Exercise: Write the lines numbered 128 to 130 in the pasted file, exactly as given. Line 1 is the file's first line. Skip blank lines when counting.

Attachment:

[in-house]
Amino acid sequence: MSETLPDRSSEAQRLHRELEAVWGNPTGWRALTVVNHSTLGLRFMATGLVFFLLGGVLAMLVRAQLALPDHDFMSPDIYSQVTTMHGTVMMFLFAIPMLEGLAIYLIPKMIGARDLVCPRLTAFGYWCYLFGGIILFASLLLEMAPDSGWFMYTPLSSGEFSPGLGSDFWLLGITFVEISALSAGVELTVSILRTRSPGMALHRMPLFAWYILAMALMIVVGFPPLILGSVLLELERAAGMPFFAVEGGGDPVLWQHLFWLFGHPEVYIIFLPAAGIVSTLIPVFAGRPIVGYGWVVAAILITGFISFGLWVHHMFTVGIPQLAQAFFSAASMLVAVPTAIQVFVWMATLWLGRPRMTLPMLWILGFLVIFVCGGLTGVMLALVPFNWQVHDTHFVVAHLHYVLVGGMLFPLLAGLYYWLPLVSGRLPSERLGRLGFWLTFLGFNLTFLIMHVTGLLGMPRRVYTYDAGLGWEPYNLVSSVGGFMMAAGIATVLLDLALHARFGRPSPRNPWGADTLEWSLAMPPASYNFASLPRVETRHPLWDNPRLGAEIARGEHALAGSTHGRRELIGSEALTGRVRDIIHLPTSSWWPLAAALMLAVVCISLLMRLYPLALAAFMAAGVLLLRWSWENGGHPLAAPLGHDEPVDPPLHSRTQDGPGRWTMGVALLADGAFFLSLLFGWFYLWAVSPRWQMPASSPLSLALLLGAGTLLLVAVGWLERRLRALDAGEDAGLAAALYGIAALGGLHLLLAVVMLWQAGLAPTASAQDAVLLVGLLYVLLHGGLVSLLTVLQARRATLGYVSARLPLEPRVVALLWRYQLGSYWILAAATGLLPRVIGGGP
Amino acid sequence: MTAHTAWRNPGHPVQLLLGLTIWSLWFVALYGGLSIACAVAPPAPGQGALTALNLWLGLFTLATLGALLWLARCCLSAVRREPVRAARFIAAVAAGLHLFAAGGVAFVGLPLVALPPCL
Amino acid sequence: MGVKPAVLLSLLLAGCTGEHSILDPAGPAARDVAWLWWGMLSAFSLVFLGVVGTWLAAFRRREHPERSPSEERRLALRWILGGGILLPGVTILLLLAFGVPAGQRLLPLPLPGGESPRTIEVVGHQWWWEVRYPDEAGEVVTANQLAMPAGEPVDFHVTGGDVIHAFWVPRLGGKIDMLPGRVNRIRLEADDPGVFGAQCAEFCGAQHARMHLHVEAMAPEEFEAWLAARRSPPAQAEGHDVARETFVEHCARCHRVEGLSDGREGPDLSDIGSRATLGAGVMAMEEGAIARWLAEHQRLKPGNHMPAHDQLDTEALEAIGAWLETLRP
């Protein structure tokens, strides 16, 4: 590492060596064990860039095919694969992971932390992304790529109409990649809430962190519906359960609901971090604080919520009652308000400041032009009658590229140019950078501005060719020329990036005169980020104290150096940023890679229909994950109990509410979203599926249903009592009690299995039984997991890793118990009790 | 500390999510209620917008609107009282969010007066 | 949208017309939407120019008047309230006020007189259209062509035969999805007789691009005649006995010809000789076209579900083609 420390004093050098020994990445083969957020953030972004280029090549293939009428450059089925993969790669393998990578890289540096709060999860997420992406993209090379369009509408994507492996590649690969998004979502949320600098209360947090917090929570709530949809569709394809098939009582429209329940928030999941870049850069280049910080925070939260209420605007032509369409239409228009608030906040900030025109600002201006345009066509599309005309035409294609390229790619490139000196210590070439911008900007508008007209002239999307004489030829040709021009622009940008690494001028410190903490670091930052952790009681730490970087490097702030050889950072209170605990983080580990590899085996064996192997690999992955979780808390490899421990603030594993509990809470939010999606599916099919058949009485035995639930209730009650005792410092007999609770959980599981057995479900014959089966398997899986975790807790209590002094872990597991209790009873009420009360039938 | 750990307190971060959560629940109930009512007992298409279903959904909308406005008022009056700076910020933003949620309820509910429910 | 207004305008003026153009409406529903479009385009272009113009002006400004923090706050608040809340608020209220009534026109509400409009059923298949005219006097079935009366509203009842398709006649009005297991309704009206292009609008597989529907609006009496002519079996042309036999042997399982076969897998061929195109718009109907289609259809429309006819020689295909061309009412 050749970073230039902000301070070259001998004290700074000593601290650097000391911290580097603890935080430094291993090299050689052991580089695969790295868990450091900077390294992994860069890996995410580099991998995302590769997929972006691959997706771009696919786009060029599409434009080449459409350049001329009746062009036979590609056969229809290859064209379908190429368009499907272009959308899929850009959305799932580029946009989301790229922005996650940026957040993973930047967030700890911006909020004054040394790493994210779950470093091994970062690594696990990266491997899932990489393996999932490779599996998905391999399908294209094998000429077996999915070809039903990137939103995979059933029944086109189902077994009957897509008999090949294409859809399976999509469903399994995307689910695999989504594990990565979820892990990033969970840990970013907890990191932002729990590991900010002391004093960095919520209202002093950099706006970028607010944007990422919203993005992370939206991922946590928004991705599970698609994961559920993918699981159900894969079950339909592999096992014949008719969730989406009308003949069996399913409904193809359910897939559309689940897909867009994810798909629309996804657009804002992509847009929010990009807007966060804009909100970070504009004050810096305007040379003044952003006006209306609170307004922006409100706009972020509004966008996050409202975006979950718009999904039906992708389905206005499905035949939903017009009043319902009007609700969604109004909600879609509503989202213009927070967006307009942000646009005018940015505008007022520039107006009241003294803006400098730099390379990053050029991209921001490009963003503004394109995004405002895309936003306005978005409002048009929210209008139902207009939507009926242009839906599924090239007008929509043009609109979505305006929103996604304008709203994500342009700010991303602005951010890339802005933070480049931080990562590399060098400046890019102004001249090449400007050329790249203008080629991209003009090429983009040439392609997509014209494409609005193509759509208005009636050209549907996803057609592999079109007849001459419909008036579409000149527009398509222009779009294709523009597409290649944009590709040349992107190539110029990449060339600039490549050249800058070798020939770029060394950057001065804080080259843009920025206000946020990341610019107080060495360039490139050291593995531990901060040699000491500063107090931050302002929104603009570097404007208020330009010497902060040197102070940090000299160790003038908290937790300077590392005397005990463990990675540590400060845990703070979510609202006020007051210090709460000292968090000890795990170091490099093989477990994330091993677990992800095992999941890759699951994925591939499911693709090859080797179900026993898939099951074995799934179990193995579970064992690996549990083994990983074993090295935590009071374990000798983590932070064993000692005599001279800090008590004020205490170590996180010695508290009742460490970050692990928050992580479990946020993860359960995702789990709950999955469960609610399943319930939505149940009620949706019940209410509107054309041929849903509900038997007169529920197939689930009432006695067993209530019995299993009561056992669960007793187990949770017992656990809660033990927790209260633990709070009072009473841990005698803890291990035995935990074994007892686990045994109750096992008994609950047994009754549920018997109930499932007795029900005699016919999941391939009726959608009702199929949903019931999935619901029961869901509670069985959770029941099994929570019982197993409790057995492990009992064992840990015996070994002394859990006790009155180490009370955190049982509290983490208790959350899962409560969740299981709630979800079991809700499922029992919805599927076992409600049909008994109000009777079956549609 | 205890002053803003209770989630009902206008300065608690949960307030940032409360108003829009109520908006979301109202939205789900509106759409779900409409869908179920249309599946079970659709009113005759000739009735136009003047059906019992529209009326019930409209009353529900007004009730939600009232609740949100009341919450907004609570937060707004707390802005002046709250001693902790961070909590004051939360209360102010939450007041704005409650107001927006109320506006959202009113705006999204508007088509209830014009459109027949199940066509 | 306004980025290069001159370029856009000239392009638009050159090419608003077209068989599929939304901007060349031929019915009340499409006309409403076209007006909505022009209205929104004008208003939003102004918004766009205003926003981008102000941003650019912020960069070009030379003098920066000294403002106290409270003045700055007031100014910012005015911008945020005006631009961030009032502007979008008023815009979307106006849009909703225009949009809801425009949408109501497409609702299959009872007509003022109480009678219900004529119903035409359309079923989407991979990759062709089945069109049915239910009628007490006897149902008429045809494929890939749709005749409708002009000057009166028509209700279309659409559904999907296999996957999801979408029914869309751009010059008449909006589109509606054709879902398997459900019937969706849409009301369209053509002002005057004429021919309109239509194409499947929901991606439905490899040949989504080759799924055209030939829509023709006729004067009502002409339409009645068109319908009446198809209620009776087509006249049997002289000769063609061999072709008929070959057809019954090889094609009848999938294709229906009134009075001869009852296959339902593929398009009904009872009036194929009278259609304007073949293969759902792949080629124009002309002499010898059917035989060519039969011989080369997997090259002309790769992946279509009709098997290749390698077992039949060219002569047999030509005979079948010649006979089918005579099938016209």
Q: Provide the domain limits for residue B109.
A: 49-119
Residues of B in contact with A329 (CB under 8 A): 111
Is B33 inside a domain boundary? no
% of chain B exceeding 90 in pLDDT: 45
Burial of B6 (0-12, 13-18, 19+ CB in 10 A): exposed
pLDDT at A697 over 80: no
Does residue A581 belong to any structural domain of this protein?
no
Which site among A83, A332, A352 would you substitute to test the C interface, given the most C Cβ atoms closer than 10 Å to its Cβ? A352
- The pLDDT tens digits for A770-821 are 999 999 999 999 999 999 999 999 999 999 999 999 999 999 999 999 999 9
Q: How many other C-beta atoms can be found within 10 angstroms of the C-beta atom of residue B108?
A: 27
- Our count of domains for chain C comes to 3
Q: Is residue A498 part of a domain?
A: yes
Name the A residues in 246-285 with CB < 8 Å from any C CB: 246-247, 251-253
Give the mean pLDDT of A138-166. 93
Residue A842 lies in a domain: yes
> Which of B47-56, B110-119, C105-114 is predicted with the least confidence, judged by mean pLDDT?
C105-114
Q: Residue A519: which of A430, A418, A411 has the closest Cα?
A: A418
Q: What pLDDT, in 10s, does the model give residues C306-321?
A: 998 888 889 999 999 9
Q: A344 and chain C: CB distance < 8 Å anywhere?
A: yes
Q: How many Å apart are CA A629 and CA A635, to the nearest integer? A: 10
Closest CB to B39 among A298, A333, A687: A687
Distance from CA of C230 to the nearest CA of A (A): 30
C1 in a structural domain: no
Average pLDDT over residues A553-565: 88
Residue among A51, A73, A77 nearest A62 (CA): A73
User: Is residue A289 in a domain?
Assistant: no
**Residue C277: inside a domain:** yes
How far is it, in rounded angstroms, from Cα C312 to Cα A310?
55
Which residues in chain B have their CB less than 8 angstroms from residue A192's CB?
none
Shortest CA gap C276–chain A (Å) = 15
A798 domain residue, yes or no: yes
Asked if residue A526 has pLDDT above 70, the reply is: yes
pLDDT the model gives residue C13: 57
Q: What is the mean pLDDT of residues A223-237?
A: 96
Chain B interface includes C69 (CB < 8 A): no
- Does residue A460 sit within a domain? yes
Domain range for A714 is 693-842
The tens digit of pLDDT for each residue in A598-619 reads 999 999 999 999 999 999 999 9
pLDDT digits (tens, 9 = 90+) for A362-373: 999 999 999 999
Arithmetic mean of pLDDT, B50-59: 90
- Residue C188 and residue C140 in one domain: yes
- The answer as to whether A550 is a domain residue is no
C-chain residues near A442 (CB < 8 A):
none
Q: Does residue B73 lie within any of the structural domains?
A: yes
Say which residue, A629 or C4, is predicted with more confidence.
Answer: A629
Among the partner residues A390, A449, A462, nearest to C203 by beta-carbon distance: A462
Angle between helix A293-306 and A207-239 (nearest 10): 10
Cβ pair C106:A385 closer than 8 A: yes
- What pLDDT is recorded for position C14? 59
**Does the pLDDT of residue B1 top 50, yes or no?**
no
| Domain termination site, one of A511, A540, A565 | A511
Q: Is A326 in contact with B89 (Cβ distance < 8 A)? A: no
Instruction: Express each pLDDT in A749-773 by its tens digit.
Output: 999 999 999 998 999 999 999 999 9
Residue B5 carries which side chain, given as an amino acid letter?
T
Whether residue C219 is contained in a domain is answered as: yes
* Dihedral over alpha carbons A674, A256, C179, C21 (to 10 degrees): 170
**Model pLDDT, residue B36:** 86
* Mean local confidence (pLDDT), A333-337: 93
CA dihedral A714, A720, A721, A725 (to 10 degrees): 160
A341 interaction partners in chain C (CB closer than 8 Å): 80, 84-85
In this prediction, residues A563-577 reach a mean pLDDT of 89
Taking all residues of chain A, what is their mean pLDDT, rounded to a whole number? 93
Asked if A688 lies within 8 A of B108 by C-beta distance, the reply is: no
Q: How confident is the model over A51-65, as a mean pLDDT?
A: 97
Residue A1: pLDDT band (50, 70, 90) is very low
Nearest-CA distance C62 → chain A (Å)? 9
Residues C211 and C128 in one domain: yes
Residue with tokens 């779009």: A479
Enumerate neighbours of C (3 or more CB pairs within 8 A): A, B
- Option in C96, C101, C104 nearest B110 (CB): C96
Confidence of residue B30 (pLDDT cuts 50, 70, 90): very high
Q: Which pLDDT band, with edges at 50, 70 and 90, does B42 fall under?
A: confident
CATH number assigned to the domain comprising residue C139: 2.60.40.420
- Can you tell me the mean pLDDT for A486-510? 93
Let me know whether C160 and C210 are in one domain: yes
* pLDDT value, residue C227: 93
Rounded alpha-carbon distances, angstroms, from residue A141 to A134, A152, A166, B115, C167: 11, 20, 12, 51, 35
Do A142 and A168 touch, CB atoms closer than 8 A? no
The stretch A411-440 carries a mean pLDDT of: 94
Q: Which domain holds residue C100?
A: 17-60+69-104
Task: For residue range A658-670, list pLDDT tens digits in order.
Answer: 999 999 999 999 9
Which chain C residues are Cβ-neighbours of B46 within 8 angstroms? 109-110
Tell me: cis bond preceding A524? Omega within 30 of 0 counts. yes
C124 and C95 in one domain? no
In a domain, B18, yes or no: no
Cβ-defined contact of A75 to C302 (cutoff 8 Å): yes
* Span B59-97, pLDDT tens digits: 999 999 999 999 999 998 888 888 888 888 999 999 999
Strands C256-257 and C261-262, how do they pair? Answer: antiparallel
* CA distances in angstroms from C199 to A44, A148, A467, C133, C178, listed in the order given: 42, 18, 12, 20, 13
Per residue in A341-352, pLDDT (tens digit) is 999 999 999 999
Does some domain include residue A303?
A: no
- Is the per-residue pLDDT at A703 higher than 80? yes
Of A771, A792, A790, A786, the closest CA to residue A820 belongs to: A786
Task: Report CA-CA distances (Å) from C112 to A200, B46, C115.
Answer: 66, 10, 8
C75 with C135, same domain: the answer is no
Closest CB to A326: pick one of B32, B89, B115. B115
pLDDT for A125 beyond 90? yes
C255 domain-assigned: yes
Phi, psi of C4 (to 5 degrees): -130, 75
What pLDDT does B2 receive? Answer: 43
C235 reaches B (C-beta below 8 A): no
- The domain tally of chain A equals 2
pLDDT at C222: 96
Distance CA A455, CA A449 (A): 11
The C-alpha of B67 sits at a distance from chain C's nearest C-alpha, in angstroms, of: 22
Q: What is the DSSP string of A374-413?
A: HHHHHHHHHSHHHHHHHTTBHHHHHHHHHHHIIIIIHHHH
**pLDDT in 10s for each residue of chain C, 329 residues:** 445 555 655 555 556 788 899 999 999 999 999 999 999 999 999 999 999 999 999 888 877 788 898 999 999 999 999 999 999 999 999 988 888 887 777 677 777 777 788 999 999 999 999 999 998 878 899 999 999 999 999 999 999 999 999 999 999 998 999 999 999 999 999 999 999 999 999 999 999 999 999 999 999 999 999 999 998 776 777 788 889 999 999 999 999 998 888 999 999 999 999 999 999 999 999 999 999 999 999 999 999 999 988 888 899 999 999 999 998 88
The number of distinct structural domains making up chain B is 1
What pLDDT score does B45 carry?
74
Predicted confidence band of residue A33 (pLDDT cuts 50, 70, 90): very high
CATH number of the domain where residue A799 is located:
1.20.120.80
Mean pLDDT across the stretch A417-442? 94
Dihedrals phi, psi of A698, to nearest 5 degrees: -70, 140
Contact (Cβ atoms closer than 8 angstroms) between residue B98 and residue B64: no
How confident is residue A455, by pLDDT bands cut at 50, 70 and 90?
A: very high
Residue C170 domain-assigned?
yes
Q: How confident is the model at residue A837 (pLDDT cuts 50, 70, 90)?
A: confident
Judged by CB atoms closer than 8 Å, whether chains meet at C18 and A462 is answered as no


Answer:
Phi, psi of C4 (to 5 degrees): -130, 75
What pLDDT does B2 receive? Answer: 43
C235 reaches B (C-beta below 8 A): no